Does Inappropriate Use Explain Geographic Variations in the Use of Health Care Services?

A Study of Three Procedures

by Mark R. Chassin, Jacqueline Kosecoff, Rolla Edward Park, Constance M. Winslow, Katherine L. Kahn, Nancy J. Merrick, Joan Keesey, Arlene Fink, David Solomon, Robert H. Brook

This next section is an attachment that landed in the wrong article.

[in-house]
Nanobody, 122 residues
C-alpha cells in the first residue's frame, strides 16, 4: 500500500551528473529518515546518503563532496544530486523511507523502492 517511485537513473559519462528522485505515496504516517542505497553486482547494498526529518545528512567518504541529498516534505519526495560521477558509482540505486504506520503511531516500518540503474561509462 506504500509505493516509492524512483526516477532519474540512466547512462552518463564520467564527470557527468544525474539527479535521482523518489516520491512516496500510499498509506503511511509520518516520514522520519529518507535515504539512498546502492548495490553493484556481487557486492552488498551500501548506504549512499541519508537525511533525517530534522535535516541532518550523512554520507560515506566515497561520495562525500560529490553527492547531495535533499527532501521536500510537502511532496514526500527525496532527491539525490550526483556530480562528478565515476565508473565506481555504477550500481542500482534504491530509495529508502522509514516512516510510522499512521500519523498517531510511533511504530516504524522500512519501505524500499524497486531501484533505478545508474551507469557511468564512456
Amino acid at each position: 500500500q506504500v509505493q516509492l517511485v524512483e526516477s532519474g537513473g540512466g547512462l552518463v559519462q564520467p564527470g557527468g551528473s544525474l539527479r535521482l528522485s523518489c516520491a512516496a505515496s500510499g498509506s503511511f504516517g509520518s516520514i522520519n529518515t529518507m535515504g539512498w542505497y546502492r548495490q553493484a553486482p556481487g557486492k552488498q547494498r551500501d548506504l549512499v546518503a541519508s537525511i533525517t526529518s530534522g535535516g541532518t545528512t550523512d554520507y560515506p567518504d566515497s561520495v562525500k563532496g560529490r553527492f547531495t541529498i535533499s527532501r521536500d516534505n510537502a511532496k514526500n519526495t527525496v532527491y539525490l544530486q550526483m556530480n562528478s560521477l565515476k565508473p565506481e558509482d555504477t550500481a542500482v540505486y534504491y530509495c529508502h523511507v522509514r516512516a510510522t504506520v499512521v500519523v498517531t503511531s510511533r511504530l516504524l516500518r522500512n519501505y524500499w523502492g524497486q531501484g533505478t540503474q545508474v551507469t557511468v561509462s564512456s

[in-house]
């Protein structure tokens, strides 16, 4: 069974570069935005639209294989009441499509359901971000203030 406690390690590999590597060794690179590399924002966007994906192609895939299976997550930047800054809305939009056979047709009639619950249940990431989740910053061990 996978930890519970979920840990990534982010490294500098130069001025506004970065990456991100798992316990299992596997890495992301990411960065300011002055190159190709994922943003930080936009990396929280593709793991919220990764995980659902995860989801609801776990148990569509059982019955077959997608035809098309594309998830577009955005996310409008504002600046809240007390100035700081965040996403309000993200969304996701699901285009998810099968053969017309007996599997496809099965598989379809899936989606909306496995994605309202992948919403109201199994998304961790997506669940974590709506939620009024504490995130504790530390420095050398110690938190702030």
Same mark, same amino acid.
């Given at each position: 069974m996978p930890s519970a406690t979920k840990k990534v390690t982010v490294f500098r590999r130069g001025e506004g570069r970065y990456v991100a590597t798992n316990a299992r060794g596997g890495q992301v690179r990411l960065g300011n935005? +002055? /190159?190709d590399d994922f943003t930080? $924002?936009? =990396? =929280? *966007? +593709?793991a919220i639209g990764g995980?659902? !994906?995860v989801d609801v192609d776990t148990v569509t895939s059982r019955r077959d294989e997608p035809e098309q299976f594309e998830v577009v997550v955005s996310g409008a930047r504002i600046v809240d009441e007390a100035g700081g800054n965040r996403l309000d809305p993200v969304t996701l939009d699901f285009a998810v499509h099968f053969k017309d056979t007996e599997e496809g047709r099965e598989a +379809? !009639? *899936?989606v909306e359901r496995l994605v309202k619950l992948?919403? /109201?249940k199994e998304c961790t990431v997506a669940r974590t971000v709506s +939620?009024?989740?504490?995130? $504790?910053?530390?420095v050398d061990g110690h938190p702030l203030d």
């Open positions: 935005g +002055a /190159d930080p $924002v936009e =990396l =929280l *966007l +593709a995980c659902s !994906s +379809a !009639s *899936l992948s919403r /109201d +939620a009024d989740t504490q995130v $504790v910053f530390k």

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This Note reports on studies of the appropriateness of use of coronary angiography, carotid endarterectomy, and upper gastrointestinal tract endoscopy and its relationship to geographic variations in the rates of use of these procedures. The authors selected geographic areas of high, average, and low use of these procedures and randomly sampled Medicare beneficiaries who had received one of the procedures in 1981. They determined the indications for the procedures using a detailed review of medical records and used previously developed ratings of appropriateness to assign an appropriateness score to each case. Differences among sites in levels of appropriateness were small. For example, in the high-use site for coronary angiography, 72 percent of the procedures were appropriate, compared with 81 percent in the low-use site. Coronary angiography was performed 2.3 times as frequently in the high-use site compared with the low-use site. Under the conditions of this study, the authors did find significant levels of inappropriate use: 17 percent of cases for coronary angiography, 32 percent for carotid endarterectomy, and 17 percent for upper gastrointestinal tract endoscopy. They conclude that differences in appropriateness cannot explain geographic variations in the use of these procedures.

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